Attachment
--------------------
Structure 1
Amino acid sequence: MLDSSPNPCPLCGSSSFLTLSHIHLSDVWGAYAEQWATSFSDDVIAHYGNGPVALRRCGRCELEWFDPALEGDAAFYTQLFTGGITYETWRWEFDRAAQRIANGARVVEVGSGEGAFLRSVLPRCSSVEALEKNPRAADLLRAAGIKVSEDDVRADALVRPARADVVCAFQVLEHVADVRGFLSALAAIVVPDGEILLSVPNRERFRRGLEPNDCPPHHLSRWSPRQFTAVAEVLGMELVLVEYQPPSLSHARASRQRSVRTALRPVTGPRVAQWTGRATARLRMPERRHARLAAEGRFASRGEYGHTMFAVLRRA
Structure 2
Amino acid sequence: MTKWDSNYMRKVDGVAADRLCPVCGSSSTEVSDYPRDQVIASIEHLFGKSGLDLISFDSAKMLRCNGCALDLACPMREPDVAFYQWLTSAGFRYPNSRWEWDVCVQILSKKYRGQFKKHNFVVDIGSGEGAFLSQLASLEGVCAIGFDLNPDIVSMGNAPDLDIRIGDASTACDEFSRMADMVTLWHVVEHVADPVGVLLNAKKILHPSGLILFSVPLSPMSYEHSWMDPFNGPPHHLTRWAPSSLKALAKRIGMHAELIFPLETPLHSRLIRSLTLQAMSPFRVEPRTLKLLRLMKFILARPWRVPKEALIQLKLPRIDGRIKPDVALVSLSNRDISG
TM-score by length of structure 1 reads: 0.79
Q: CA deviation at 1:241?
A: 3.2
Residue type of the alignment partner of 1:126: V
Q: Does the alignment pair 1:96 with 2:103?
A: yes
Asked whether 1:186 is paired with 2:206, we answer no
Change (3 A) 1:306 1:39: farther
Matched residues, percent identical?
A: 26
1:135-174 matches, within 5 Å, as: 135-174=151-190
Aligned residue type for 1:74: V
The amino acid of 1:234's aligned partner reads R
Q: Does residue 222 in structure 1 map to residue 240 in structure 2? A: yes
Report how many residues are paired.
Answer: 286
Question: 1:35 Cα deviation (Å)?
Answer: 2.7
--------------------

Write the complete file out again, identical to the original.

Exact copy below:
Structure 1
Amino acid sequence: MLDSSPNPCPLCGSSSFLTLSHIHLSDVWGAYAEQWATSFSDDVIAHYGNGPVALRRCGRCELEWFDPALEGDAAFYTQLFTGGITYETWRWEFDRAAQRIANGARVVEVGSGEGAFLRSVLPRCSSVEALEKNPRAADLLRAAGIKVSEDDVRADALVRPARADVVCAFQVLEHVADVRGFLSALAAIVVPDGEILLSVPNRERFRRGLEPNDCPPHHLSRWSPRQFTAVAEVLGMELVLVEYQPPSLSHARASRQRSVRTALRPVTGPRVAQWTGRATARLRMPERRHARLAAEGRFASRGEYGHTMFAVLRRA
Structure 2
Amino acid sequence: MTKWDSNYMRKVDGVAADRLCPVCGSSSTEVSDYPRDQVIASIEHLFGKSGLDLISFDSAKMLRCNGCALDLACPMREPDVAFYQWLTSAGFRYPNSRWEWDVCVQILSKKYRGQFKKHNFVVDIGSGEGAFLSQLASLEGVCAIGFDLNPDIVSMGNAPDLDIRIGDASTACDEFSRMADMVTLWHVVEHVADPVGVLLNAKKILHPSGLILFSVPLSPMSYEHSWMDPFNGPPHHLTRWAPSSLKALAKRIGMHAELIFPLETPLHSRLIRSLTLQAMSPFRVEPRTLKLLRLMKFILARPWRVPKEALIQLKLPRIDGRIKPDVALVSLSNRDISG
TM-score by length of structure 1 reads: 0.79
Q: CA deviation at 1:241?
A: 3.2
Residue type of the alignment partner of 1:126: V
Q: Does the alignment pair 1:96 with 2:103?
A: yes
Asked whether 1:186 is paired with 2:206, we answer no
Change (3 A) 1:306 1:39: farther
Matched residues, percent identical?
A: 26
1:135-174 matches, within 5 Å, as: 135-174=151-190
Aligned residue type for 1:74: V
The amino acid of 1:234's aligned partner reads R
Q: Does residue 222 in structure 1 map to residue 240 in structure 2? A: yes
Report how many residues are paired.
Answer: 286
Question: 1:35 Cα deviation (Å)?
Answer: 2.7